I thought it might be an interesting idea to take a look at self-declared atheists and their own faith responses to UFOs as ET craft.  I’ll be pulling these from the web without names. My goal is *not* to poke fun at atheism. Rather, I want to show how religious their thinking is on this issue — how it is not grounded in science or even logical coherence (at times), but on faith/belief.

Here’s the first one. My comments are at MSH.


I am an atheist. I believe in UFO’s.

Do these two statements seem contradictory to you? Why? Just because I am a person that does not believe in a supreme being, or a higher power, does that make me unable to accept the possibility of intelligent life existing outside of our own planet?

MSH: Of course it doesn’t, so this is perfectly coherent. Belief in a supreme deity and alien life are not mutually exclusive, and neither is denial of a supreme deity and belief in alien life.

If you answered yes to any of the above questions, then you are wrong. Now, I can’t speak for all the atheists, only for me. So let me let you in on my beliefs. I have faith. I know that may come as a shocker, but its true. I have faith, but not in any higher power, or supreme being. I have faith in knowledge.

MSH: He had me at “I have faith” – that’s an honest admission from an atheist (or anyone, really).  But faith in “knowledge”?  I know what he/she means, but as we proceed, you’ll see that he/she doesn’t actually have faith in knowledge, since no one *knows* that UFOs are indeed extraterrestrial (i.e., their existence and sightings only prove … well, that they exist and people see them; that t doesn’t prove at all what their nature is).  So he/she really doesn’t have faith in knowledge; rather he/she has faith in his/her own faith as to what these things are.

Religion, since the dawn of man, since the time of cave paintings, before the firsts cities were ever conceived, has been a way to explain the unexplainable. Why does the sun rise each morning and set each evening? Does the sun god ride his chariot across the sky every day, and rest every night as the ancient Greeks believed? No, the Earth rotates on its axis as it orbits the sun, thus creating day and night, the year and even the seasons. The ancient Greeks didn’t know that then, but we know that now.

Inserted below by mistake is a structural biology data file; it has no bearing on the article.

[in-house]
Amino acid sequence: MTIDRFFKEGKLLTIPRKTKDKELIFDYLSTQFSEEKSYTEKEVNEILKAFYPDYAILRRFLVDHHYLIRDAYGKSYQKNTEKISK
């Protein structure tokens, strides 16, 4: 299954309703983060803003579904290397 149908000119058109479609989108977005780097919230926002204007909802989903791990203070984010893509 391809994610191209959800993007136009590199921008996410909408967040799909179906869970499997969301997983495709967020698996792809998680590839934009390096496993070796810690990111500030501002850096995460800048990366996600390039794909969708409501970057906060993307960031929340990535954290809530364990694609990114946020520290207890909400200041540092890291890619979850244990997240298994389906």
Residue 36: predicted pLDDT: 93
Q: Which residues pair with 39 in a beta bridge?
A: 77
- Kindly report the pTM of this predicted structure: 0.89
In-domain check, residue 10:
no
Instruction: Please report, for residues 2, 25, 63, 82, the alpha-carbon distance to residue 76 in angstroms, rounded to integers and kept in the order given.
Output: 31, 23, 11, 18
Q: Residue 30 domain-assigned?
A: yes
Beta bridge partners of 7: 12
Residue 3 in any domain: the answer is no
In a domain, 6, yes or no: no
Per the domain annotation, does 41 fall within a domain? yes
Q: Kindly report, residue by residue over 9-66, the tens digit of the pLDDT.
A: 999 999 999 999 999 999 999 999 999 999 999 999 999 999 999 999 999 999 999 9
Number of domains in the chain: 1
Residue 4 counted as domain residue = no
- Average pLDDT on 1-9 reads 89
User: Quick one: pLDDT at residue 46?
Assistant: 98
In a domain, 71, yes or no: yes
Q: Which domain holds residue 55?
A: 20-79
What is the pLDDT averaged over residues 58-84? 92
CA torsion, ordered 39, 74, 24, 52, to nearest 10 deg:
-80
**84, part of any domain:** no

So, how does this explain UFO’s? Simply put, in my opinion, we have had too many sightings that have been recorded to say that we have no knowledge of UFO’s existing.

MSH: Agreed, and coherent — people are indeed seeing SOMETHING.

Well, what about Moses, and the parting of the Red Sea, you ask? There is only one source that says that event actually happened. The Bible, and I think the writer was a little biased on that one. If it had just been one hillbilly from Tennessee that was screaming about how these grayish guys with huge eyes took them aboard their flying saucer, OK, I wouldn’t readily believe him. But its not. There have been videos from all over the world showing flying craft that defy the laws of our flight. Recorded by people in the streets, from the windows of their homes, even from gun cameras on military jets.